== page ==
Upcoming hack-and-slash RPG BloodRoots is all about its verbs: “smash, slice, crush, blast, crack, slam, burst, break, split, slit, gut, tear, gash, gouge, scoop, cut, chop, dice, hash, grind,” it promises.
BloodRoots premiered yesterday at Nintendo’s indie games GDC event in San Francisco, where I met Raphael Toulouse, co-founder of developer Paper Cult, who explained that his game’s main selling point isn’t simply its Samurai Jack backgrounds or its fast-paced action.
It’s “object exploration,” a phrase that’s hard to understand until you’re pulling a wheel off a carriage and spinning and riding it into a gang of enemies or fighting an incoming dagger man with a carrot.
Toulouse compared BloodRoots’ protagonist, the revenge-seeking Mr. Wolf, to the many action heroes that Jackie Chan has played, because he’s “a complex person who uses everything around him as a weapon.” Ladders, dead fish, haystacks, haystacks on fire, and repurposed fence wood are all improvisation material. In the course of a few seconds, the player might pull an ax out of a stump, chop someone down with it, toss it aside to pick up a ladder, spin that around furiously in an area-of-effect attack and, after tossing that aside, grab a table and cut down whoever remains.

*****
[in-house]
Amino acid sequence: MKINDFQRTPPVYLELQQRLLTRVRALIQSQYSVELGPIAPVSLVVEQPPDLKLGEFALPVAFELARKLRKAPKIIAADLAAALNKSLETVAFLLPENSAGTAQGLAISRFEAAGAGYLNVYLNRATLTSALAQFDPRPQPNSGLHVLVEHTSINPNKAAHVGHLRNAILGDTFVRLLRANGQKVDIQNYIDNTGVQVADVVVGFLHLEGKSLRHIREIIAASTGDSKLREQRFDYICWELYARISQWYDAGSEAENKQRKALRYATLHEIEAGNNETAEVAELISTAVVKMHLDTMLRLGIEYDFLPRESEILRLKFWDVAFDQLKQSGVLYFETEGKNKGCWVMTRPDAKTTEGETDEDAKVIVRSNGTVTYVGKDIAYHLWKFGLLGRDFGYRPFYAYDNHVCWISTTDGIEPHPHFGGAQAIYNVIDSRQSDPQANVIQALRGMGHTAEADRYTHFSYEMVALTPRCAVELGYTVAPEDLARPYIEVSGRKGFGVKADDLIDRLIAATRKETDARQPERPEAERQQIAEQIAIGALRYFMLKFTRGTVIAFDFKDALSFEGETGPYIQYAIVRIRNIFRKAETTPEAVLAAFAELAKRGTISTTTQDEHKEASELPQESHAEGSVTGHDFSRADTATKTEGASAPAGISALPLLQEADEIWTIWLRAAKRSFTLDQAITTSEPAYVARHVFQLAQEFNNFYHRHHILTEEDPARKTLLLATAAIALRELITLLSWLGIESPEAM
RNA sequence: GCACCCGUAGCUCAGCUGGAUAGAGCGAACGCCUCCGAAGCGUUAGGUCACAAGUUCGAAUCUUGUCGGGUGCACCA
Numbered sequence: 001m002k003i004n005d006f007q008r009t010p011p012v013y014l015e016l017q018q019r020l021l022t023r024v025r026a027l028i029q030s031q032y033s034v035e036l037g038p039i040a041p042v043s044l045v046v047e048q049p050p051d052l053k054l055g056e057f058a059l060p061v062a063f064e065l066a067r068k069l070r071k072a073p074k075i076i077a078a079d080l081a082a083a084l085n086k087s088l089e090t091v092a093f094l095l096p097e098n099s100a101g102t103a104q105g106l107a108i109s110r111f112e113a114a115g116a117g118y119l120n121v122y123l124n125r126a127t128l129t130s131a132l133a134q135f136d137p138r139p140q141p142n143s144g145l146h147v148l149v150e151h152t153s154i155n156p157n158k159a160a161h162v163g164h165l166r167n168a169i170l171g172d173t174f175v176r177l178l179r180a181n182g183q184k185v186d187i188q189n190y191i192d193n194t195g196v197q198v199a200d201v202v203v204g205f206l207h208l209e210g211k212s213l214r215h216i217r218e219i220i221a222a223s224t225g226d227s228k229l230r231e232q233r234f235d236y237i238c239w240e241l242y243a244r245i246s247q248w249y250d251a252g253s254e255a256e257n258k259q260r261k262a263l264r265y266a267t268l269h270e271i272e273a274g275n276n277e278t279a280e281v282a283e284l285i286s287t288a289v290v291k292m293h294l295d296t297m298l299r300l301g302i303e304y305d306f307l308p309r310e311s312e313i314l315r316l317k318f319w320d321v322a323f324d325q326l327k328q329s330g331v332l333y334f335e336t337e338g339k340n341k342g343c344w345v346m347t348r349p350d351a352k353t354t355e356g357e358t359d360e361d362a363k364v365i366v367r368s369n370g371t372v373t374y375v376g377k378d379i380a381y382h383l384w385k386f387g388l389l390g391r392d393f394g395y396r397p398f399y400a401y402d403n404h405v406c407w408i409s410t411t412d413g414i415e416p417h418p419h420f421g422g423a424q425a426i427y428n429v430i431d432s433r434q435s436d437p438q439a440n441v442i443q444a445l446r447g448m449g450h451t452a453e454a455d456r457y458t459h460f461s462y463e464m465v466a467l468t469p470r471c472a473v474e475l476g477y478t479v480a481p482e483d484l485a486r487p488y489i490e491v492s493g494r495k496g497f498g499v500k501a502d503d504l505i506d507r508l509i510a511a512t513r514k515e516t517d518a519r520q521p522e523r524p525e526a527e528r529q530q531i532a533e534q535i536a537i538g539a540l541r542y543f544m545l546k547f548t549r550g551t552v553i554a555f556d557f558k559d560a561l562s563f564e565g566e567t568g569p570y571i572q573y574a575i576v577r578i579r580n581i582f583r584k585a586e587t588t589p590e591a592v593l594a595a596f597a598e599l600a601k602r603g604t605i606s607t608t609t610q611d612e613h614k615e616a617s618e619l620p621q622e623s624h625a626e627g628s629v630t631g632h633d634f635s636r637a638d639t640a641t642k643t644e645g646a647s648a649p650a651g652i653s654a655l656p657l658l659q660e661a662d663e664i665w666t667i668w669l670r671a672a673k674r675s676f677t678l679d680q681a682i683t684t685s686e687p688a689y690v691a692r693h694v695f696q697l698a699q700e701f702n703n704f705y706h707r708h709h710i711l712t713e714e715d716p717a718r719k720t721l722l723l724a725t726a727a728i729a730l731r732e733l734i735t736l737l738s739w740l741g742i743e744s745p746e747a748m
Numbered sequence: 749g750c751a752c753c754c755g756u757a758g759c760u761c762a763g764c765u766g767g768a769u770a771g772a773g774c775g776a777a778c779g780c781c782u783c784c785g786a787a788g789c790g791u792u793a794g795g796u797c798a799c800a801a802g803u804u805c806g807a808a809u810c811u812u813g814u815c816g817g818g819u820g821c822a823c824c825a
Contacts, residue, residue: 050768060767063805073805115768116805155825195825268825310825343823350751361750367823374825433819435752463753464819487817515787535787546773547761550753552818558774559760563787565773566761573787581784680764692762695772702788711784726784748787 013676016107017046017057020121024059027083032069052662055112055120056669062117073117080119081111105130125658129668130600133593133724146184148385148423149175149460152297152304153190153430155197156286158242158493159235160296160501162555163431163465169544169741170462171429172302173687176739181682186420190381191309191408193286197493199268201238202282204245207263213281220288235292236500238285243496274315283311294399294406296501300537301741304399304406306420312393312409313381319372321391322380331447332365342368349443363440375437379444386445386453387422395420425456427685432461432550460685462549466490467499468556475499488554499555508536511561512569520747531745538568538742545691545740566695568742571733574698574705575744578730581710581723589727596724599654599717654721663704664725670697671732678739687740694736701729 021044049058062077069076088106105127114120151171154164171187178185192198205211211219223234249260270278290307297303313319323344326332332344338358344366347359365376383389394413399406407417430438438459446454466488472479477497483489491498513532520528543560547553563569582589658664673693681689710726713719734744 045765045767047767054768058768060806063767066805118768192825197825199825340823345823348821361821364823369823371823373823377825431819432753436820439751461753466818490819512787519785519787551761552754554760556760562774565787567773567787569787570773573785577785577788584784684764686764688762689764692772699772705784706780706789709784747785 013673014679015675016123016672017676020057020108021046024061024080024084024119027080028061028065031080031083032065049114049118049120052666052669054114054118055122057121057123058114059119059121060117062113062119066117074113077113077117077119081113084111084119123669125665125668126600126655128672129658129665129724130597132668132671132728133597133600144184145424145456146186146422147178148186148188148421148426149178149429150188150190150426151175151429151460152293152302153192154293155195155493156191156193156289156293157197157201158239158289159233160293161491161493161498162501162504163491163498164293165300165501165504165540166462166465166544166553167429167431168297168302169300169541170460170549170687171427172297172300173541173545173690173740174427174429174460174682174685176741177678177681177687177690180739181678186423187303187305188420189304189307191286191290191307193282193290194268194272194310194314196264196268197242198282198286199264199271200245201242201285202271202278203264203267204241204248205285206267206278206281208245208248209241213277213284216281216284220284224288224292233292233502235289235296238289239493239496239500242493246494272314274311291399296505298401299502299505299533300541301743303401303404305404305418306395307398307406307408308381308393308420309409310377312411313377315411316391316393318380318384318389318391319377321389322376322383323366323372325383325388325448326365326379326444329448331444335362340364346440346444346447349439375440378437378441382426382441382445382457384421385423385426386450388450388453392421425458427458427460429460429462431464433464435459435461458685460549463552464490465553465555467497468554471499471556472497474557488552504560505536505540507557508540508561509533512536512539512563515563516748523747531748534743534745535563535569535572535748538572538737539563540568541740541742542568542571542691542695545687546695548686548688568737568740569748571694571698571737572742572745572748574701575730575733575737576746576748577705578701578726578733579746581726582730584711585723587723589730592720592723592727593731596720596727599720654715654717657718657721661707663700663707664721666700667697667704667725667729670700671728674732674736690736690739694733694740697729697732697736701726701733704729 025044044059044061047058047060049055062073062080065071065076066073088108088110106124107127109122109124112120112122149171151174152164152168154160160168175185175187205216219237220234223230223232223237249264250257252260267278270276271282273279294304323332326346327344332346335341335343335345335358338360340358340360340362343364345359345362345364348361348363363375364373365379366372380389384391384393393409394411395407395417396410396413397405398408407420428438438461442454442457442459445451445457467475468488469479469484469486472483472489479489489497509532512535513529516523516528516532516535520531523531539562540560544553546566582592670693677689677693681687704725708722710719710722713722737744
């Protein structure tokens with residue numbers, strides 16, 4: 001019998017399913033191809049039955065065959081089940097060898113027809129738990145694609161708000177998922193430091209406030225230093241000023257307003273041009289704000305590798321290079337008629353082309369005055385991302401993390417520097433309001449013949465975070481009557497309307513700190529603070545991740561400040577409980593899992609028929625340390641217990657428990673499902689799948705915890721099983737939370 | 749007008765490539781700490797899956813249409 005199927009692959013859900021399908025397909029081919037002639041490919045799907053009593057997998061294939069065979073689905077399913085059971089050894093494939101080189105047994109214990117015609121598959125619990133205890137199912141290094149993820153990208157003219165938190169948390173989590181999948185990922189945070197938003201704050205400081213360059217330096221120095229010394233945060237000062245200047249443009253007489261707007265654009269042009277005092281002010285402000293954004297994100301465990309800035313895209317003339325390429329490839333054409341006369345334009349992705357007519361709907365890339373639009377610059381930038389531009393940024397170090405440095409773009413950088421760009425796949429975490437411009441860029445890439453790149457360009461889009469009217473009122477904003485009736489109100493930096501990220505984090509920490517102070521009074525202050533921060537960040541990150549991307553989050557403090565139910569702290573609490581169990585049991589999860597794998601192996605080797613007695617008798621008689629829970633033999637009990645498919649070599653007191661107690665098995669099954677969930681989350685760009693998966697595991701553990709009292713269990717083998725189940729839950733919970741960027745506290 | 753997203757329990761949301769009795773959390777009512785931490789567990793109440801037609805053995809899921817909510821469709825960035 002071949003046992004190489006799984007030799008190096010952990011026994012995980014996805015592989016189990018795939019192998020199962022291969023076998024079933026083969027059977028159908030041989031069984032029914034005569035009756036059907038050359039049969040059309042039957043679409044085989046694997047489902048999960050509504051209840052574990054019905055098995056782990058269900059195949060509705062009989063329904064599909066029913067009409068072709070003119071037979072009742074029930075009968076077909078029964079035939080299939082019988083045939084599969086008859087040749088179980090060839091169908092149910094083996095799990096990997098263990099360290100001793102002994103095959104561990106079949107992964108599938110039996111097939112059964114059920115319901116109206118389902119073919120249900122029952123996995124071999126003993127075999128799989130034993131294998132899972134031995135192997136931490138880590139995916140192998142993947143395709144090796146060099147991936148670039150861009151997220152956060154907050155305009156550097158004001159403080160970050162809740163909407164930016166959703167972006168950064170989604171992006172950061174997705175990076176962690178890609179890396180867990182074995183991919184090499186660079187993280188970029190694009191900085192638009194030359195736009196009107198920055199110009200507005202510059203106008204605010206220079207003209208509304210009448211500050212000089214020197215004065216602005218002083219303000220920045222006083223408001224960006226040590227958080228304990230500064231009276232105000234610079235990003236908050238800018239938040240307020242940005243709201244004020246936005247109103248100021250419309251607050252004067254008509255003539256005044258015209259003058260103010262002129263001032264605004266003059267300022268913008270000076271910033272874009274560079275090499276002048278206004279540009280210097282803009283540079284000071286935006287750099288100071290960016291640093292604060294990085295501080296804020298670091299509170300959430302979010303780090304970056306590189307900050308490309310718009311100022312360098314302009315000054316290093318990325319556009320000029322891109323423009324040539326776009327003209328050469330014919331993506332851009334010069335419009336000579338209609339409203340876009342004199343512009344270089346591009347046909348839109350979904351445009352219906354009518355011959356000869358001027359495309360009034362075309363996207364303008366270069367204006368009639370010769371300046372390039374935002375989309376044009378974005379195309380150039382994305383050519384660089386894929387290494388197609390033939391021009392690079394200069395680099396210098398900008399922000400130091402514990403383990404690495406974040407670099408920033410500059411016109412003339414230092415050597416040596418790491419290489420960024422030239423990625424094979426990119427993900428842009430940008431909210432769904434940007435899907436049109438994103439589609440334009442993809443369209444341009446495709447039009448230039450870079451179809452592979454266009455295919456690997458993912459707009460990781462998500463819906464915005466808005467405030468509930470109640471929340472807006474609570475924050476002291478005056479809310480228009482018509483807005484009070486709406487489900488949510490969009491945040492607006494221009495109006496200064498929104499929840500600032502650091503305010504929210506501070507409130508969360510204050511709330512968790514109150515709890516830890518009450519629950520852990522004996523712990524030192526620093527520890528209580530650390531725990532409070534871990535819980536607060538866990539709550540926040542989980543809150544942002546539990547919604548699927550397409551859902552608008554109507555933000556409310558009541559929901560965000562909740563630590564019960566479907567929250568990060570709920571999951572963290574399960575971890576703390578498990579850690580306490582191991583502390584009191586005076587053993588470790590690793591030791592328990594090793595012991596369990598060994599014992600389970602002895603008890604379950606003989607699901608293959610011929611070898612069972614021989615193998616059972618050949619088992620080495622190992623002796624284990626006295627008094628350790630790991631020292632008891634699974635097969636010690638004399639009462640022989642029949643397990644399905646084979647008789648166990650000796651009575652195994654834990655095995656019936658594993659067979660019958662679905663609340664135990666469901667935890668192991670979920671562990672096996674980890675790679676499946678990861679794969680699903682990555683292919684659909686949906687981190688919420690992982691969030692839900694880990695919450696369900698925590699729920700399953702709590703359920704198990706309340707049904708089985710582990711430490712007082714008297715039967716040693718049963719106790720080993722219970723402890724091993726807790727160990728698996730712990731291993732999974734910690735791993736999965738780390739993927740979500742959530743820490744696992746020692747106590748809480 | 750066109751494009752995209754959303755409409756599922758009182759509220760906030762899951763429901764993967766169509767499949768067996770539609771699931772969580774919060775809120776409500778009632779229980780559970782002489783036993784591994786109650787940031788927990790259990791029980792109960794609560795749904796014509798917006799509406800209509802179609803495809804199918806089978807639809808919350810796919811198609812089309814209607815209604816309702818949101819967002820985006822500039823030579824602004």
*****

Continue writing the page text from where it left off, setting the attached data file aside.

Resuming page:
I only played for a brief period but found BloodRoots’ object-based combat fresh and surprising. Everything happens so fast. In a split second, if you misjudge a weapons’ range in relation to enemies’ trajectory toward you, that will mean starting the level over. It’s a little unforgiving, but so far, didn’t feel overly frustrating.
BloodRoots will be out on the Nintendo Switch, PlayStation 4 and Steam this summer.